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NCJ Number: 217789 Find in a Library
Title: Early Adolescents' Conceptions of Parental and Friend Authority Over Relational Aggression
Journal: Journal of Early Adolescence  Volume:26  Issue:3  Dated:August 2006  Pages:344-364
Author(s): Sara E. Goldstein; Marie S. Tisak
Date Published: August 2006
Page Count: 21
Type: Research (Applied/Empirical)
Format: Article
Language: English
Country: United States of America
Annotation: This study assessed early adolescents’ beliefs about parental and friend jurisdiction over relationally aggressive behavior.
Abstract: The adolescents in the study believed that parental jurisdiction was more acceptable with regard to physical aggression than with regard to gossip or peer exclusion. Adolescents also thought that parental jurisdiction over exclusion as less acceptable than parental authority over the personal behaviors of a getting a new haircut and deciding when to go to sleep. The study provides initial evidence as to how young adolescents conceptualize external jurisdiction over relationally aggressive behavior. Relational aggression and victimization represent significant concerns for child and adolescent psychosocial development and mental health. The purpose of this study was to compare early adolescents’ beliefs about parental and friend jurisdiction over relational aggression to their beliefs about parental and friend jurisdiction over physical aggression and personal behaviors. The study sample consisted of 103 adolescents from 3 public middle schools in Northwest Ohio and Southeast Michigan. Tables, notes, and references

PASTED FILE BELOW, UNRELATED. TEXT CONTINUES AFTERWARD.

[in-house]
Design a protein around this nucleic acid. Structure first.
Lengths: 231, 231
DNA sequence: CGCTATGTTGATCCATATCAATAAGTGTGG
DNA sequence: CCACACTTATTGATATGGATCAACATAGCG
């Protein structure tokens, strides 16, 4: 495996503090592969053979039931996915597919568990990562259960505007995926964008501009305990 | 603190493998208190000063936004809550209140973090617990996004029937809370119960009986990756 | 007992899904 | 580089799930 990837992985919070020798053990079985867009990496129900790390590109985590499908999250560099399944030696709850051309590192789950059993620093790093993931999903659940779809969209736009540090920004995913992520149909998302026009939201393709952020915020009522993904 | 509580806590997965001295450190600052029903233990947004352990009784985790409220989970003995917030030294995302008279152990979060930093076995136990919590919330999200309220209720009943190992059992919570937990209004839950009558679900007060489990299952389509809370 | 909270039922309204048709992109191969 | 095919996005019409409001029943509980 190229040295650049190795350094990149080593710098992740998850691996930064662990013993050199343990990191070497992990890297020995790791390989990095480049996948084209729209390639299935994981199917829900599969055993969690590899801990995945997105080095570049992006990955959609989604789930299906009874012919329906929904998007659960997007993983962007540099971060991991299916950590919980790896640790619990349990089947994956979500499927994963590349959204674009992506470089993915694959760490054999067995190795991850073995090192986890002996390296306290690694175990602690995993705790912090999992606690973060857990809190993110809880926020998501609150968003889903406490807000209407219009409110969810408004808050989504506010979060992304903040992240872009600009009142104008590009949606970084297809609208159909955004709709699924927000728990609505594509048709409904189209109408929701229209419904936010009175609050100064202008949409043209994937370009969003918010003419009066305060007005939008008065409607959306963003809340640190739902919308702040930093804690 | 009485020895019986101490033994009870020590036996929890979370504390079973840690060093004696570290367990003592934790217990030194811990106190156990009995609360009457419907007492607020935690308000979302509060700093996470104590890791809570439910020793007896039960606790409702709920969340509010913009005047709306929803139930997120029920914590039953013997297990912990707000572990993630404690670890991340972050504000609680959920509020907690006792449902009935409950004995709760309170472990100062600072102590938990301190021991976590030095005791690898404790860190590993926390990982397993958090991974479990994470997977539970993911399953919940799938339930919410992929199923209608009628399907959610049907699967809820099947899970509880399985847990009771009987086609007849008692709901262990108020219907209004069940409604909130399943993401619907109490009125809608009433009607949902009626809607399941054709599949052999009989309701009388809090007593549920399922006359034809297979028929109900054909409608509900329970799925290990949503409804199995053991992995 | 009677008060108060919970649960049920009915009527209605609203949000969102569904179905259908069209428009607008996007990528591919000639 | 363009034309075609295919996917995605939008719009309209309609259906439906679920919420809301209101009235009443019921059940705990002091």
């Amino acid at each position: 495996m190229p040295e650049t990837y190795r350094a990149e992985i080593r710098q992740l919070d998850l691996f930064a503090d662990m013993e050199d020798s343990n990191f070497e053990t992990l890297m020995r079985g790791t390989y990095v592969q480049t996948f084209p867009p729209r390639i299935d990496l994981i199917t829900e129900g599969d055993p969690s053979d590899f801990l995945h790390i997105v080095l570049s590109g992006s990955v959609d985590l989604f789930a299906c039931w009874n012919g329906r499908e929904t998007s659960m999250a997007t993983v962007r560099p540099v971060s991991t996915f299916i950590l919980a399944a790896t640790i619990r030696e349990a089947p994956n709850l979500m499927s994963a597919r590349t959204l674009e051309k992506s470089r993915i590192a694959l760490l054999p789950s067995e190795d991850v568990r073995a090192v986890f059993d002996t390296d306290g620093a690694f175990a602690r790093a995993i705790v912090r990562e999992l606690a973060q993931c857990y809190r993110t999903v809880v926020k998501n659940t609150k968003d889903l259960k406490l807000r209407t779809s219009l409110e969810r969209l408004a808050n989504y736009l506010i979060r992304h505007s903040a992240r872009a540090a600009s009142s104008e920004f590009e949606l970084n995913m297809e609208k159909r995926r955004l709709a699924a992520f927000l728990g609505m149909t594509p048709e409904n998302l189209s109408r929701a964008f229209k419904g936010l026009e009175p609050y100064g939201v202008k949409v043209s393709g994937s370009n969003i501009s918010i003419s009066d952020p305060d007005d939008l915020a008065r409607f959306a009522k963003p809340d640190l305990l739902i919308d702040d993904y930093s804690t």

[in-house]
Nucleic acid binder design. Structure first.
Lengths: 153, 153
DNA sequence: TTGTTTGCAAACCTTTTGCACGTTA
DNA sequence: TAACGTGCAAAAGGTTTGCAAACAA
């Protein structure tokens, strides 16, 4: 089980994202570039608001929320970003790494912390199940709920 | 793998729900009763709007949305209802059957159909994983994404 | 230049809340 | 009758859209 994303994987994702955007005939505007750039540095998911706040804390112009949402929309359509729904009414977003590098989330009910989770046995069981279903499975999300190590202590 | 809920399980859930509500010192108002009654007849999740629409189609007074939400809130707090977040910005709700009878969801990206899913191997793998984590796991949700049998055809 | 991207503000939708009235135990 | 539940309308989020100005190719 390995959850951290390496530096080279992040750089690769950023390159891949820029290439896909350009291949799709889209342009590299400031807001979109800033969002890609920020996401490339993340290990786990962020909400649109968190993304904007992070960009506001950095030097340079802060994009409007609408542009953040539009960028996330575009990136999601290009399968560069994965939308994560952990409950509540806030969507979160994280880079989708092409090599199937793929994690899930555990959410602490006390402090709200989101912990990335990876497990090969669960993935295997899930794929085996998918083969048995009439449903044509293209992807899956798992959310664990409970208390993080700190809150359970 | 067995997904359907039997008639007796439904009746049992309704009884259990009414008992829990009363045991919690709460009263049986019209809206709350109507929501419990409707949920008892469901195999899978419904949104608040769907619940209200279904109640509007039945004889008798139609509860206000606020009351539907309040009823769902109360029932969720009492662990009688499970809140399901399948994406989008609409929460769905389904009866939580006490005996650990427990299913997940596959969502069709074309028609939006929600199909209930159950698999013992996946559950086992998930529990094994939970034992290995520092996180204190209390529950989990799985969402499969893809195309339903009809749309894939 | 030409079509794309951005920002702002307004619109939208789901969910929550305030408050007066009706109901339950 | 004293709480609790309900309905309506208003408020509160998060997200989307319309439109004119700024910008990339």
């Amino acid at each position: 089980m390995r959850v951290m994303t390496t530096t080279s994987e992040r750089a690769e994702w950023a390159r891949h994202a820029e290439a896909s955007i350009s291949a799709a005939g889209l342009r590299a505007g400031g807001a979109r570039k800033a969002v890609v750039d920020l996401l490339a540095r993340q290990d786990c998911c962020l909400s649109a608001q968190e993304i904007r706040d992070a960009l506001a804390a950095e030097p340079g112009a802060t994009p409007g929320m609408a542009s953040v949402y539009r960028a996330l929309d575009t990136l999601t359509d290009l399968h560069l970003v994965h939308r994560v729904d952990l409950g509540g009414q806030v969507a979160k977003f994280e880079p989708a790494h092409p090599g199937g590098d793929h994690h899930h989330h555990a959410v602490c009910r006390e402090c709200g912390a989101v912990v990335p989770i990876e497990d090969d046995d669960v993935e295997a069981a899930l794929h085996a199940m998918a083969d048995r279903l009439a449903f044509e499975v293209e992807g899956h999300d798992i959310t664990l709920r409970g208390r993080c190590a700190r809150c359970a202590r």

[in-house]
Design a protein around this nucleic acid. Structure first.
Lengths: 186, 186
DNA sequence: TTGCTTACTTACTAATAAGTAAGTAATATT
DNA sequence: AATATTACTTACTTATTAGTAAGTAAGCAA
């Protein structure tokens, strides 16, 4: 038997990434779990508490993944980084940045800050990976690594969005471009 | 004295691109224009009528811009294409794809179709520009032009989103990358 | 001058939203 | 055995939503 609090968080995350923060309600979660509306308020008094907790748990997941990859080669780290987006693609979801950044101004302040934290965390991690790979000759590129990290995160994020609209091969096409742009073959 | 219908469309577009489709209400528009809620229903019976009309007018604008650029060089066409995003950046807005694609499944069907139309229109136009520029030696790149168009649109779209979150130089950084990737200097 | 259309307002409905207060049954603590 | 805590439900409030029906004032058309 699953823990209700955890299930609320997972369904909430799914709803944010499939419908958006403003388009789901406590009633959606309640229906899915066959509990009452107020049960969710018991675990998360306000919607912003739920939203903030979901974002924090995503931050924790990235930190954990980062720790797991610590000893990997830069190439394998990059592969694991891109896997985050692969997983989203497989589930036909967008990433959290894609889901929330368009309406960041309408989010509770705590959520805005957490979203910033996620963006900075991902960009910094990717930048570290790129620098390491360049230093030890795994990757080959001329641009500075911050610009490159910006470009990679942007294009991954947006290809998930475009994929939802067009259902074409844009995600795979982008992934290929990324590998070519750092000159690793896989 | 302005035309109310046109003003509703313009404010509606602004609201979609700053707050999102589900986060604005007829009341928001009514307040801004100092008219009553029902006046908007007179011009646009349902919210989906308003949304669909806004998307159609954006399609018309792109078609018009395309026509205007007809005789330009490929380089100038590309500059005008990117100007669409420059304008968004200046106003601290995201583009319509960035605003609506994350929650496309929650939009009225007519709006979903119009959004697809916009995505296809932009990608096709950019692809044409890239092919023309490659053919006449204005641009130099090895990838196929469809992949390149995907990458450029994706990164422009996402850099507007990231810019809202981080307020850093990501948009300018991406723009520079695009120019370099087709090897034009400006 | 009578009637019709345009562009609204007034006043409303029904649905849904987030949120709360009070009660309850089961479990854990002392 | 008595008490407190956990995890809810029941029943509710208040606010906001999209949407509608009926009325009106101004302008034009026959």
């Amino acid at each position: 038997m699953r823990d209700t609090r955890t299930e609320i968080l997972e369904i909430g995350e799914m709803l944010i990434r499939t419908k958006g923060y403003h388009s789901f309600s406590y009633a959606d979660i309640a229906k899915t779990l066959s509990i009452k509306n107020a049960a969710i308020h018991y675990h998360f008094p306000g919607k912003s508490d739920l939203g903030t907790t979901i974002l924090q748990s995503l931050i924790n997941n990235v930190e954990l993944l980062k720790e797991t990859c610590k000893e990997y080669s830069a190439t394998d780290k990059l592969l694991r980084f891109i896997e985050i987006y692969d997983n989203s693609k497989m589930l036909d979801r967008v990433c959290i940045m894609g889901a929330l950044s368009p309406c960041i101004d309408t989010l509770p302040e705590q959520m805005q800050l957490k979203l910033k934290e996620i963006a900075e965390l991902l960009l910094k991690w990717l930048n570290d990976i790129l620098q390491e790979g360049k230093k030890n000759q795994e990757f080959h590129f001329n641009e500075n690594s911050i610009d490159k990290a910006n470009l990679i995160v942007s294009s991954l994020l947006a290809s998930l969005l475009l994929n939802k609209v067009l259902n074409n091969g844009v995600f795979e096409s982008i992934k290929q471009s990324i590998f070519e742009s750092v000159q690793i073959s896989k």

Main Term(s): Adolescent attitudes
Index Term(s): Aggression; Attitudes toward authority; Juvenile attitudes toward authority; Parental attitudes; Parental influence; Personality assessment; Problem behavior
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